Food Allergy Counseling

Food Allergy Counseling
Sloane Miller, Food Allergy Counselor (Picture © Noel Malcolm 2013)

Monday, August 02, 2010

Allergic Girl, Make-up

A few weeks back, I was involved in a TV shoot (more on that soon). I hired Ivan, a makeup artist, for the day, to help control the Allergic Girl dewiness.

I’ve worked with Ivan before for other shoots as he uses a brand of make-up to which I’ve never had an allergic reaction. Before we started, I reminded Ivan that I have very sensitive skin, am highly allergic and to please keep the corners of my eyes clear as I tend to tear and rub thus creating some nice redness. (I know, so glam.) It was probably the third time I reminded Ivan about my Allergic Girl-ness over the course of 24 hours. It’s my job (and yours, too) to gently remind someone of any allergic needs – repeatedly if necessary. He assured me he’d be careful.

Ivan started with the eyes. He’s a dabber, not a sweeper. So dab dab dab - three different white shades for the eyes. As he was dabbing I thought, “Oh, that brush feels a bit rough,” but I ignored it. I’m unused to professional make-up application, maybe it's suppose to be like that. (It's not.)

He continued applying, face and cheeks, then lips last and before I knew it, crew and camera people and producers had arrived to set up. Excitement! Ivan quickly finished up and said, "Go look at yourself."

In the mirror, I was confronted not with Glam Sloane but Allergic Girl herself: clusters of welts around both eyes – red, raised and uncomfortable-looking.

A ripple of panic rushed through my body.

First question: Are these hives? Under layers of make-up, it was hard to tell. Definitely raised, definitely red, and definitely many bumps of various sizes around both eyes and upper cheeks. Nicht gut.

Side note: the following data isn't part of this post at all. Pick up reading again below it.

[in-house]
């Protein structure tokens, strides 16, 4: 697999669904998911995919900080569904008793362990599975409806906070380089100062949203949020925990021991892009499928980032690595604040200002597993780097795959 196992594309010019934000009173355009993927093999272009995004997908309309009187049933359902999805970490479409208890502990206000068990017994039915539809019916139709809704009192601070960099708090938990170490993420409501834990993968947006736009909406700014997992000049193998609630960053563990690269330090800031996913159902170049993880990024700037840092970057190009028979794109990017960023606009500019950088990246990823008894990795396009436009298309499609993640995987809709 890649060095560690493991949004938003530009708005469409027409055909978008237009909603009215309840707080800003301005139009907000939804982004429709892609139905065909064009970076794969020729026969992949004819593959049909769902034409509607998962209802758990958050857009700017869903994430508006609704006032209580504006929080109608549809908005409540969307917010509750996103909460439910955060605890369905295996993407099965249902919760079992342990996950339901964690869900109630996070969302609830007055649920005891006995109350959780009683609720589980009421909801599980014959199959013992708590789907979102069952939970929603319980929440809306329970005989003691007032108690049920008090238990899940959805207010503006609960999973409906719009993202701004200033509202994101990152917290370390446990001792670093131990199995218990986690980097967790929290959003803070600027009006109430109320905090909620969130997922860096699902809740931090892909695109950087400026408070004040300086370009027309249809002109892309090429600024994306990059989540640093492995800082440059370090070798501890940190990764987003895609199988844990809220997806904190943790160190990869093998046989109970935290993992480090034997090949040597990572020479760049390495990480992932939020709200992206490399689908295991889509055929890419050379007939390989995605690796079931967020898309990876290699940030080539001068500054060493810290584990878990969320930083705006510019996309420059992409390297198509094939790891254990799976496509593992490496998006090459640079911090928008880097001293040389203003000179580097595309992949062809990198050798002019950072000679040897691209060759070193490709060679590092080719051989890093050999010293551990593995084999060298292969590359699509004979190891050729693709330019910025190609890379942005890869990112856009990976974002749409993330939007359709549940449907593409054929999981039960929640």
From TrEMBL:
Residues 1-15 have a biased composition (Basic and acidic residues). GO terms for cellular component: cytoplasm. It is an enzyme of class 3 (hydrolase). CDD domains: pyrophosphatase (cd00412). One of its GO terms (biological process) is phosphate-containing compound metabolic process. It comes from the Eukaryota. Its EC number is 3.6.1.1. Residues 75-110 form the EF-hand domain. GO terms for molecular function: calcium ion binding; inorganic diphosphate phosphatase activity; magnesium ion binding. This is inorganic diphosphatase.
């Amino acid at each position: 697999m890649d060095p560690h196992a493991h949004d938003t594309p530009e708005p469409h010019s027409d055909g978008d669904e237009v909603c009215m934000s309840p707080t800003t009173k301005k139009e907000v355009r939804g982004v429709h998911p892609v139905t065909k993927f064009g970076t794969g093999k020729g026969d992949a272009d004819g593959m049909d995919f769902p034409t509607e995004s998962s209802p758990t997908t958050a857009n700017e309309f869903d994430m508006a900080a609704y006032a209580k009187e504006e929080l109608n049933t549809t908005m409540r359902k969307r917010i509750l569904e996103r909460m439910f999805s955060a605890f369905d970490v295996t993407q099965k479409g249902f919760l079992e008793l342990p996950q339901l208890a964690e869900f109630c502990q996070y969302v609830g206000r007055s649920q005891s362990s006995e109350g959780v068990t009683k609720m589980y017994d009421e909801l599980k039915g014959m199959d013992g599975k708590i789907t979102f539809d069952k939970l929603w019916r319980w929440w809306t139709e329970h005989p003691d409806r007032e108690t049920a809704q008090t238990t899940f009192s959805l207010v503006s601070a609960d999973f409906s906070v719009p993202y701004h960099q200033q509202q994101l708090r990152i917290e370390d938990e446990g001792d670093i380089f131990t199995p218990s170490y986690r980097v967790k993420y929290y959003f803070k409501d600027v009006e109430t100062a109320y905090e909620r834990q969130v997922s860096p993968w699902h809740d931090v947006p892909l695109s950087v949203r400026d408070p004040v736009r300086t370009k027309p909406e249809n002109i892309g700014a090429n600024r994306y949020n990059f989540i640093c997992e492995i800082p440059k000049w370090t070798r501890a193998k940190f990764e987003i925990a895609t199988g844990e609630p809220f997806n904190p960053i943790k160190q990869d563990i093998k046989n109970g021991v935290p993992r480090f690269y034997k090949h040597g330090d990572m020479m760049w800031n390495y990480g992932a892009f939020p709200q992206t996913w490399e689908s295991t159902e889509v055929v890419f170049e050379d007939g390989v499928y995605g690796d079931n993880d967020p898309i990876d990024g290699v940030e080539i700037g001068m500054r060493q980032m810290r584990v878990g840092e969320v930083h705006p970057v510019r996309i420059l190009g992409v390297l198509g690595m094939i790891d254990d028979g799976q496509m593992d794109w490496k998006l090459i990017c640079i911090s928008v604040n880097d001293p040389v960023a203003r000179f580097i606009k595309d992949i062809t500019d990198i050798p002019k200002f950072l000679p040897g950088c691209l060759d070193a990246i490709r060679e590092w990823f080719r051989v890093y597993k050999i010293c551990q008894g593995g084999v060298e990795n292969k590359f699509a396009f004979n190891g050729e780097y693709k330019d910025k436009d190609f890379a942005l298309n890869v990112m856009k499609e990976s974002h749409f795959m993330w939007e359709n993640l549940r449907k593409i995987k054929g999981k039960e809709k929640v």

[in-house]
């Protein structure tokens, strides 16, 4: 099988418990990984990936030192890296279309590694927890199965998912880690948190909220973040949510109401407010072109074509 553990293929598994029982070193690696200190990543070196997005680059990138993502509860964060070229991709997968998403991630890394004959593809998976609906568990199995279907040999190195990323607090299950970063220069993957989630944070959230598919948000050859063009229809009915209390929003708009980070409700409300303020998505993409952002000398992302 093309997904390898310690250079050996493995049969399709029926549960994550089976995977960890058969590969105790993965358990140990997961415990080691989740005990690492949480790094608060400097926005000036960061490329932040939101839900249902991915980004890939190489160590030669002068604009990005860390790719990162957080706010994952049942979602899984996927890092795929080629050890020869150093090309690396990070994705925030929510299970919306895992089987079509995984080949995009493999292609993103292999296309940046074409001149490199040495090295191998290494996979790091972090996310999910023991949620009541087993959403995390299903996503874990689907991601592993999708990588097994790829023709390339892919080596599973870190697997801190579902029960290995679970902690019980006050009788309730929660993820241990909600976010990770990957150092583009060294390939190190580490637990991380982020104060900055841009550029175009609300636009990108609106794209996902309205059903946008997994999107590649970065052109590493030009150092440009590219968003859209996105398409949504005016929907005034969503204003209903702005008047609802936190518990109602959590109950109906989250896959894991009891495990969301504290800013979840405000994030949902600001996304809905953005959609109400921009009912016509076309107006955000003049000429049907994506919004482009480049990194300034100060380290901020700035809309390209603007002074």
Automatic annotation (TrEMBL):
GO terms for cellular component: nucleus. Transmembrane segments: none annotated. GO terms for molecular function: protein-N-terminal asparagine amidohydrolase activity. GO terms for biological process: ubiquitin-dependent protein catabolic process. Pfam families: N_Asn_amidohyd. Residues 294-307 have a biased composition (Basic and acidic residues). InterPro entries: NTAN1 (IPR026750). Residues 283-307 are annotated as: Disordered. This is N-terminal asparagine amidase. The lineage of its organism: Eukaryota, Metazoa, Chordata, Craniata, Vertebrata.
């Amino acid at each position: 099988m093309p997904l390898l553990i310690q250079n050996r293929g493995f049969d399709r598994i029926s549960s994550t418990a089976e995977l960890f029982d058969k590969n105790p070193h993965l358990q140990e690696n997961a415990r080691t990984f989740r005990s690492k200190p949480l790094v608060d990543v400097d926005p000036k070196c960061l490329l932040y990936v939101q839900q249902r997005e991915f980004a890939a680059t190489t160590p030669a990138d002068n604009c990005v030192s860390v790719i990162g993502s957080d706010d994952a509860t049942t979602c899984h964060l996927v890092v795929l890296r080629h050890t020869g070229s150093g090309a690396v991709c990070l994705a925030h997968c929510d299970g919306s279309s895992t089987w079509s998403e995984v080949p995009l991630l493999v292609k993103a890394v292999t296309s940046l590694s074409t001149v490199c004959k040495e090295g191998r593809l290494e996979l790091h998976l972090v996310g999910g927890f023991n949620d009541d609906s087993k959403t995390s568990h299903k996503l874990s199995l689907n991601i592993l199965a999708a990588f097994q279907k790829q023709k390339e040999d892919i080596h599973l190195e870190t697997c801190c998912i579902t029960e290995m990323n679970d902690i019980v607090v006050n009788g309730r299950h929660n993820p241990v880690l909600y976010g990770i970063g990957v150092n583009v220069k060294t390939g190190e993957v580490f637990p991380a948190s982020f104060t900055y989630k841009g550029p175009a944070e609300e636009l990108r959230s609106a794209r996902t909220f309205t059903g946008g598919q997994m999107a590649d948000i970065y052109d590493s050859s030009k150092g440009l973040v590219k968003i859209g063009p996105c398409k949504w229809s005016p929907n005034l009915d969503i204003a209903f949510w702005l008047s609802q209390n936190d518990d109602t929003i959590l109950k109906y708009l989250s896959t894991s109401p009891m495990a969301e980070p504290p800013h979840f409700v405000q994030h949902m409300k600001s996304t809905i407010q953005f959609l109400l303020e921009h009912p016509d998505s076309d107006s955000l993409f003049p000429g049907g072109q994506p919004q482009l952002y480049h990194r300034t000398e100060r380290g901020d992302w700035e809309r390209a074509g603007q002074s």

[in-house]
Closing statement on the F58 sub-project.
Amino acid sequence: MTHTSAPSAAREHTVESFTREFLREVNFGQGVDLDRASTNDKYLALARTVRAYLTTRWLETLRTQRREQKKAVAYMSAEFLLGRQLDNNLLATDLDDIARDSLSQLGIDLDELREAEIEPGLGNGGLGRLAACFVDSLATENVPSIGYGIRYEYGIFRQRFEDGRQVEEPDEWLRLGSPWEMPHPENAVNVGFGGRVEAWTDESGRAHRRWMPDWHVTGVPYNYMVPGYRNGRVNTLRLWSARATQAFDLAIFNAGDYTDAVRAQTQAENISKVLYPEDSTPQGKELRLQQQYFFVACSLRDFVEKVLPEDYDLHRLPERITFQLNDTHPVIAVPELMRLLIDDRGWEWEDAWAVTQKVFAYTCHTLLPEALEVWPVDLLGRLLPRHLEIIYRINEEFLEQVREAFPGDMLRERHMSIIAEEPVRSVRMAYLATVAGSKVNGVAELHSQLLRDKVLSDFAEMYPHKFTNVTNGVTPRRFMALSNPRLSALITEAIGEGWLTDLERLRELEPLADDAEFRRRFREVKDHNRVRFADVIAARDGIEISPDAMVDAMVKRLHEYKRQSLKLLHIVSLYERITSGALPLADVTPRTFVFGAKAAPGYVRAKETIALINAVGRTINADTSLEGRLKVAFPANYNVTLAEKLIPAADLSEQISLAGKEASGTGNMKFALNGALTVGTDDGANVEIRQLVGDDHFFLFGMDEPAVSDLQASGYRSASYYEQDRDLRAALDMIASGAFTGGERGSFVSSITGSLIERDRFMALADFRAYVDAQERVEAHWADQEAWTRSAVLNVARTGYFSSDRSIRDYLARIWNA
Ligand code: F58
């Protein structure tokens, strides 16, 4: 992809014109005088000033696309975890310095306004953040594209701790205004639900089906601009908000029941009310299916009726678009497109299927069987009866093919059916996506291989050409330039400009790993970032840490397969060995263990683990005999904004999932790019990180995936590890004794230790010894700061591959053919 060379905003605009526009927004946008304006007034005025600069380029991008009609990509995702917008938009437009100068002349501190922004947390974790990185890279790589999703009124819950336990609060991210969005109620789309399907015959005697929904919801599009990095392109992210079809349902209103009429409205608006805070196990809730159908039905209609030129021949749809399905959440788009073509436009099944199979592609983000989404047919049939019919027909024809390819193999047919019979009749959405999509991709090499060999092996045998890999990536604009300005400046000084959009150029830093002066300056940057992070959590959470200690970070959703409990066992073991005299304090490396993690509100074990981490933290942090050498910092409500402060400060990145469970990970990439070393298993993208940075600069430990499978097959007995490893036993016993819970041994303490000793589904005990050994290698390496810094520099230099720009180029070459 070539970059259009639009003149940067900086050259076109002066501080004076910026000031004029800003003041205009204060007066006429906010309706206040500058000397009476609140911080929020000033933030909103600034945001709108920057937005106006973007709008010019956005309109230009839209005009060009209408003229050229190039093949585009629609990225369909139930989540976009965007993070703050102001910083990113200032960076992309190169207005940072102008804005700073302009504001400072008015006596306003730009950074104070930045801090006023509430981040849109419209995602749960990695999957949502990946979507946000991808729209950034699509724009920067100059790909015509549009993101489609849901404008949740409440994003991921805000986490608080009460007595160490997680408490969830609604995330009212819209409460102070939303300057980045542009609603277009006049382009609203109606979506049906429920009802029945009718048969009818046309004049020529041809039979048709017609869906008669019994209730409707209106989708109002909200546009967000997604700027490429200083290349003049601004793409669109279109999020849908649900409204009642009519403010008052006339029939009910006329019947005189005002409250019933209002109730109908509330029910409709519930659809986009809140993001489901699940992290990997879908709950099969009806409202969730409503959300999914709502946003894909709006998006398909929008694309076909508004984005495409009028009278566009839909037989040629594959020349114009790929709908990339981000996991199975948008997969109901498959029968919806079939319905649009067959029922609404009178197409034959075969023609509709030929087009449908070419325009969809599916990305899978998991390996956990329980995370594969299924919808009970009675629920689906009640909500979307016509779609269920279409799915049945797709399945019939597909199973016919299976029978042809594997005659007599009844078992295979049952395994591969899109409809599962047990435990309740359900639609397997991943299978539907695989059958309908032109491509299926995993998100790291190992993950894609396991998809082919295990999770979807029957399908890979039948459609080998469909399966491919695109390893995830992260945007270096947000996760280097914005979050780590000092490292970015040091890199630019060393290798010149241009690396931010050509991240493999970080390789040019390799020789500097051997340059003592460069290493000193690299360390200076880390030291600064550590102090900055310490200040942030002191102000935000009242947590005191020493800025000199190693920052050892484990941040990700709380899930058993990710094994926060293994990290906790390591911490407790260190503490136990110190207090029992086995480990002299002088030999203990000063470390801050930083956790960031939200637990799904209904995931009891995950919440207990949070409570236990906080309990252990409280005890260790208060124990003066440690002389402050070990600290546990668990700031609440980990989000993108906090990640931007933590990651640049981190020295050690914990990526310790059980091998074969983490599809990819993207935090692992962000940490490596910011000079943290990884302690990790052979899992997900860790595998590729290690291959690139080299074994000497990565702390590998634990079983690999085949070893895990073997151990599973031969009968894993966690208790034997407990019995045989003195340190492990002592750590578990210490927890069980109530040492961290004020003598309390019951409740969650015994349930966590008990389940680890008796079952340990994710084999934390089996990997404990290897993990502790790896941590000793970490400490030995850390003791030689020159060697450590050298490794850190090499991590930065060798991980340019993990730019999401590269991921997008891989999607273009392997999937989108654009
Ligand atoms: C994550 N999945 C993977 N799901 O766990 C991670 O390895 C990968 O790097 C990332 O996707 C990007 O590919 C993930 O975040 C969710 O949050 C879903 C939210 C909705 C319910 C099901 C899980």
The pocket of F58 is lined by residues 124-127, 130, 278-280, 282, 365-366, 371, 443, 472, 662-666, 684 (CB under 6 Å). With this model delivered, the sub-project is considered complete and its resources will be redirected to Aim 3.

Second question: Are they getting worse or spreading? If this was an allergic reaction to something I ate, for example, they would be itching and spreading. I had eaten safe food at home and had only safe snacks with me, so probably not a reaction to anything I ate. No one had kissed my eyes with beard stubble (like that happens every day) nor had anyone eaten nuts or fish at 8am and then kissed me. I did a quick body scan: no spreading to my cheeks, neck nor chest; no itching (important point); and I wasn’t wheezing – all signs of an allergic reaction and escalation.

Good news, kinda.

So maybe these weren’t hives but an irritation to something.

Third question: source. To what was I reacting so I could get rid of it? As I had used this make-up before, I figured I probably wasn’t irritated by that. Then I remembered that when he was brushing on the makeup, it hurt: maybe that was it. But what to do about that now? Wash everything off and go on camera with nothing but welts and a smile?

I walked out of the bathroom and showed Ivan. His jaw dropped. “Oh my god,” he said. “Are you okay?”

“I don’t know, I’m going to give it a few minutes and see if they go down or get worse and we’ll go from there.” We discussed what make-up he used; all clear there. Then we talked about the brushes. They were new and clean. Maybe too new, though, too stiff. He was using natural animal hair brushes and as they hurt when he was applying the make-up, I deduced that that was the culprit. He had softer synthetic brushes with him and we decided to move forward with those. And a much gentler hand.

Just then the producer was calling everyone to places. I showed her my face, “Oh my god, what happened?”

“I think I'm reacting to the make-up in some way. Let’s give this a few minutes to see if it calms down before we start.”

They continued setting up and then: “Places everyone!” As I was fairly certain it wasn’t the beginning of a dramatic allergic reaction, we started. I had my medication nearby and Ivan was keeping an eagle eye on me now - he was my allergy ally. If the welts worsened, if I flushed or they spread it would be time for Plan B (wash off and medication). None of that happened and by the time I saw my face again about an hour later, the welts had lessened considerably.

My analysis: not an allergic reaction, just sensitive skin.

The lessons:

Disclose allergic needs early and often.
Be prepared for the unexpected.
Try to remain calm during an emergency.
Have an emergency plan and know your best options.
Always have your medication on hand.
And on with the show!

2 comments:

Alisa said...

Oh no, that sucks! Glad it didn't spread though!

I have contact hives (can't remember the medical name), so I get hives very easily from things like coarse make-up brushes and such, so I can concur that it is likely!

hsw said...

What brand of makeup do you use? My daughter is allergic to almost all of the top allergens plus some extras thrown in and I haven't worn makeup since her diagnosis for fear that she'll kiss my cheek and somehow have a reaction. Thanks!